Are ACOs here to stay? I clearly recall the question I received in the physician meeting in the fall of 2015. It was a skeptical question about the longevity of ACOs as the conduit to bring about change. Would ACOs be just another trend that would come and go like previous efforts to contain costs? Well there I was, just six months into the job, and as confident as I could be I explained how the momentum around value had strong bipartisan support and whatever the model, there would be plenty of work for us to do collectively to address cost and quality concerns. But maybe inside I was not sure myself. Now it is five years later and the ACO model and the number of payers engaging with us continues.
Results across the nation are improving, with the recently announced Medicare Shared Savings Program savings for 2019 topping $2.6 billion for the 11 million seniors served in the program. Results at the NHN are improving as well, and after all our shared savings are known for 2019, we will easily top the $6 million we earned in 2018.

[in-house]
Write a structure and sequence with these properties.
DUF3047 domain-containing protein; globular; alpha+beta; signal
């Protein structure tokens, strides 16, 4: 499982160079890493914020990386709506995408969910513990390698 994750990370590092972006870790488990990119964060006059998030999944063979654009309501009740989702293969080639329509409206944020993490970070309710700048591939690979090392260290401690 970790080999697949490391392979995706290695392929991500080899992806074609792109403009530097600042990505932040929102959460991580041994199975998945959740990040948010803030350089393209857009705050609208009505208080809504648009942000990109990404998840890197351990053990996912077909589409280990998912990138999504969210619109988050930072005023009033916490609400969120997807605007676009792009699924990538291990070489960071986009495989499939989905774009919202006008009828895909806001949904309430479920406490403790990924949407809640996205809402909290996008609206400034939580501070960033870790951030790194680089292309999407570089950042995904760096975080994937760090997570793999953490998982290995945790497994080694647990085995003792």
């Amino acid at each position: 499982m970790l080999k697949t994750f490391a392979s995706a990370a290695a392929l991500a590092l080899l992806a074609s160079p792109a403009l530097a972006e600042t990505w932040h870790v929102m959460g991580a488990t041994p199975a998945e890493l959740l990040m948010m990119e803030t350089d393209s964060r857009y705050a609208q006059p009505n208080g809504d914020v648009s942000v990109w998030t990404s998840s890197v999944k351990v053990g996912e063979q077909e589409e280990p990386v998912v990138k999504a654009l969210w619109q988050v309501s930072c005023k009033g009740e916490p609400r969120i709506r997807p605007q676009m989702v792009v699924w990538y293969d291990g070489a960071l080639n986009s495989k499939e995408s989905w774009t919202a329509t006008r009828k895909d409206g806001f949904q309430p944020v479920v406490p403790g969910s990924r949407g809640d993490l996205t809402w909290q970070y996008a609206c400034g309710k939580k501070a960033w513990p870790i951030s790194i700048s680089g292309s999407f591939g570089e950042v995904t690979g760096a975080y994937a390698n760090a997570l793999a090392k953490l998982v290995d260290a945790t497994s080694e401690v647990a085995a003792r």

But what about now? Will the pandemic be the thing that brings down the ACO model as physicians and hospitals refocus their efforts on sustainability? Early indications say no, and that value-based efforts will accelerate. Why? A key reason is that economic conditions will intensify pressure to contain costs as businesses look to remain viable. Afterall, rising costs are what led to the passing of the Affordable Care Act and the birth of the ACO model. And, a drop off in medical services due to the pandemic has emphasized the need to diversify by augmenting fee-for-service (FFS) income with VBC revenue streams. Performance data will show that as fee-for-service payments dropped off, savings in bundled payment and shared savings programs remained high and those providers in capitated payment programs experienced less financial impact due to declining services. And at the NHN, we are excited that some primary care clinics within Nebraska Medicine will transition to CMS’ new Primary Care First program, using capitated population-based payments as a baseline for reimbursement. So while the pandemic has disrupted traditional care and impacted revenue, it has solidified the need for value-based care. So five years later I still believe that yes, ACOs are here to stay.